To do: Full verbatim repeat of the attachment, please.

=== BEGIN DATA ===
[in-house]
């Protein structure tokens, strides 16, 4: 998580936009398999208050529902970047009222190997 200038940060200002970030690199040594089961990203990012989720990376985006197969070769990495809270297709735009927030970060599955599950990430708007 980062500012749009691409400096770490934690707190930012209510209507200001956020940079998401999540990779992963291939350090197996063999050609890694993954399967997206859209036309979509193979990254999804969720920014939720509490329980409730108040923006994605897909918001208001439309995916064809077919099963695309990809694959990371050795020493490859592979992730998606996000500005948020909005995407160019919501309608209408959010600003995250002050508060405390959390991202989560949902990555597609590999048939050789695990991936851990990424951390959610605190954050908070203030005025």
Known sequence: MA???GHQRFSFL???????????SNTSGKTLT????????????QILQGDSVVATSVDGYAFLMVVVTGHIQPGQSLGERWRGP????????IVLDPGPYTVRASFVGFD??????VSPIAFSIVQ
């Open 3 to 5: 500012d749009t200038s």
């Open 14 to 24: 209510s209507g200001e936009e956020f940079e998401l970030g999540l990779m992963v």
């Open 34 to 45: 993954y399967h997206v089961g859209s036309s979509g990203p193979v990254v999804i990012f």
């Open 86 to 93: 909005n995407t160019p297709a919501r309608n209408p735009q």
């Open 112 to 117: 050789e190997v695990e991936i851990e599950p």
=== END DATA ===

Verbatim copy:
[in-house]
């Protein structure tokens, strides 16, 4: 998580936009398999208050529902970047009222190997 200038940060200002970030690199040594089961990203990012989720990376985006197969070769990495809270297709735009927030970060599955599950990430708007 980062500012749009691409400096770490934690707190930012209510209507200001956020940079998401999540990779992963291939350090197996063999050609890694993954399967997206859209036309979509193979990254999804969720920014939720509490329980409730108040923006994605897909918001208001439309995916064809077919099963695309990809694959990371050795020493490859592979992730998606996000500005948020909005995407160019919501309608209408959010600003995250002050508060405390959390991202989560949902990555597609590999048939050789695990991936851990990424951390959610605190954050908070203030005025």
Known sequence: MA???GHQRFSFL???????????SNTSGKTLT????????????QILQGDSVVATSVDGYAFLMVVVTGHIQPGQSLGERWRGP????????IVLDPGPYTVRASFVGFD??????VSPIAFSIVQ
């Open 3 to 5: 500012d749009t200038s």
């Open 14 to 24: 209510s209507g200001e936009e956020f940079e998401l970030g999540l990779m992963v």
């Open 34 to 45: 993954y399967h997206v089961g859209s036309s979509g990203p193979v990254v999804i990012f």
């Open 86 to 93: 909005n995407t160019p297709a919501r309608n209408p735009q």
């Open 112 to 117: 050789e190997v695990e991936i851990e599950p």